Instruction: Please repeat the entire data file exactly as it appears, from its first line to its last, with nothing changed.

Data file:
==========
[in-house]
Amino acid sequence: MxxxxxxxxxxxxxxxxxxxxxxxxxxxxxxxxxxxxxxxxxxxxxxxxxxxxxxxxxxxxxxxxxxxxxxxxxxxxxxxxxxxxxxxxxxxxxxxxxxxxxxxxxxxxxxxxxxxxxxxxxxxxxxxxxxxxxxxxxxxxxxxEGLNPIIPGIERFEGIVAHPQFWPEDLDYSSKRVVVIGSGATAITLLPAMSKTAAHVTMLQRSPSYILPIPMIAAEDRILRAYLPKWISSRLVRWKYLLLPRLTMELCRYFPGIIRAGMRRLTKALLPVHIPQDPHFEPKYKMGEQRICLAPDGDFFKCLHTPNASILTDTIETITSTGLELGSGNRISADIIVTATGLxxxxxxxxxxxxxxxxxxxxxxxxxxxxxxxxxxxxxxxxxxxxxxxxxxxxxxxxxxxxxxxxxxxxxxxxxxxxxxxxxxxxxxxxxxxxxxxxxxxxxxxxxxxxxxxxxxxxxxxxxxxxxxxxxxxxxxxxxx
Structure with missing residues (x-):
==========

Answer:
[in-house]
Amino acid sequence: MxxxxxxxxxxxxxxxxxxxxxxxxxxxxxxxxxxxxxxxxxxxxxxxxxxxxxxxxxxxxxxxxxxxxxxxxxxxxxxxxxxxxxxxxxxxxxxxxxxxxxxxxxxxxxxxxxxxxxxxxxxxxxxxxxxxxxxxxxxxxxxxEGLNPIIPGIERFEGIVAHPQFWPEDLDYSSKRVVVIGSGATAITLLPAMSKTAAHVTMLQRSPSYILPIPMIAAEDRILRAYLPKWISSRLVRWKYLLLPRLTMELCRYFPGIIRAGMRRLTKALLPVHIPQDPHFEPKYKMGEQRICLAPDGDFFKCLHTPNASILTDTIETITSTGLELGSGNRISADIIVTATGLxxxxxxxxxxxxxxxxxxxxxxxxxxxxxxxxxxxxxxxxxxxxxxxxxxxxxxxxxxxxxxxxxxxxxxxxxxxxxxxxxxxxxxxxxxxxxxxxxxxxxxxxxxxxxxxxxxxxxxxxxxxxxxxxxxxxxxxxxx
Structure with missing residues (x-):